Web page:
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It's just like like IRAs and CDs. They r not income. It's your money. You pay taxes when u cash them in. With a 401k your tax payment depends on if taxes were paid at time money went into the 401k or before deductions. I would assume taxes were deferred.
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I think a 401 is considered a pension. It's not income as such. You will have to pay taxes on what you pulled out. The only way SS is effected is if you work and make more than $14,500 a year before the age of 66. After 66 you can make as much as u want and collect SS. Your tax man should be able to make it clearer. You should receive a 1099 from the company holding ur 401k.
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Just to make this a little more "real", this year, if one had an income of 28K, one owes $2100 in Federal taxes. If one makes 104K, one owes $19,190. in Federal taxes.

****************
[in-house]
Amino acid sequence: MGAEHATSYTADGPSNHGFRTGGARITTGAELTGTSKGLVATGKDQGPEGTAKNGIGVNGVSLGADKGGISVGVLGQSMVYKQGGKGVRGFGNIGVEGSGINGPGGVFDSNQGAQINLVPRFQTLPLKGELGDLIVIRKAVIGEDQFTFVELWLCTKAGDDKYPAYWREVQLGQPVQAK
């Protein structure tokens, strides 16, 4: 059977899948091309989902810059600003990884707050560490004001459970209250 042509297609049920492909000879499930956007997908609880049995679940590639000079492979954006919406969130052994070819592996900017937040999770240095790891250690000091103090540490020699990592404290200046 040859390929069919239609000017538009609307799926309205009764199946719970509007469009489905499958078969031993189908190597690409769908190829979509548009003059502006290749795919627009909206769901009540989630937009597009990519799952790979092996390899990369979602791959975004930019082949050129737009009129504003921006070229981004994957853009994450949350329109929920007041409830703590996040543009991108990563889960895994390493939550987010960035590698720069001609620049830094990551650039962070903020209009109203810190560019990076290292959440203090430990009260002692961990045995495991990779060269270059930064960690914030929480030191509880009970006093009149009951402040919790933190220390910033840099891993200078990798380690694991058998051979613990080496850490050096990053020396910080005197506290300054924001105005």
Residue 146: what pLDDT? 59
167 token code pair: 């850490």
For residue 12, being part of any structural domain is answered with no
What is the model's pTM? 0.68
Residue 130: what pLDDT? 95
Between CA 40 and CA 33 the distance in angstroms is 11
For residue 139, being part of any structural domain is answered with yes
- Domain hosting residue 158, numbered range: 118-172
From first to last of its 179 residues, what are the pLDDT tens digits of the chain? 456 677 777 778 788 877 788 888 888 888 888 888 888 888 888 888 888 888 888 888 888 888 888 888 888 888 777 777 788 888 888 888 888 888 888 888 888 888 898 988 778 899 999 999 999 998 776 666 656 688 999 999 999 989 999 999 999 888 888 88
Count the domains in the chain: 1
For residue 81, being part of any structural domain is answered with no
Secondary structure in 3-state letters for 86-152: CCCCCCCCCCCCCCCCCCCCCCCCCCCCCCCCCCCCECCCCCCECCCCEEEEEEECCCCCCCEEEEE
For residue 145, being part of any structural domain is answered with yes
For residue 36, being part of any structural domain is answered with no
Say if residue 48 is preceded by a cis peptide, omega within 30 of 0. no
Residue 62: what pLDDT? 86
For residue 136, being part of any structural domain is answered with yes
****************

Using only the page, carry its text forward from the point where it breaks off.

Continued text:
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I got permission from ShortStuff to copy this from my board:
"My son told me a story of a friends mother who was collecting $2300 a month social security. She then took $76,000 from her annuity last year to do some remodeling on her home. She did her taxes this and paid the tax owed on the funds, but the government said she made too much money last year putting her into a higher tax bracket and took 1,000 from her ss each month. Now she makes only $1300 each month and had to do a reverse mortgage just to survive. This woman lives in California which shouldn't really have anything to do with this because it is federal."

So, this person would have been paying very little in Federal taxes on about 28K per year in SS benefits, right? And taking out 76K pushes her into the 28% bracket, with little to no offsets in terms of deductions, I'll bet. So she got a whopping tax bill for that year and the IRS is taking what she owes from her SS, which is her only income, yes?

I just want you to understand that her SS gross hasn't changed; her benefit hasn't been reduced. Her NET has been reduced because she owed taxes.

I think the moral of this tale is that you need to consult a good tax adviser before you do this.

And I just want to ask, is it wise to saddle yourself with a house in your 70s? Just something you might want to think about.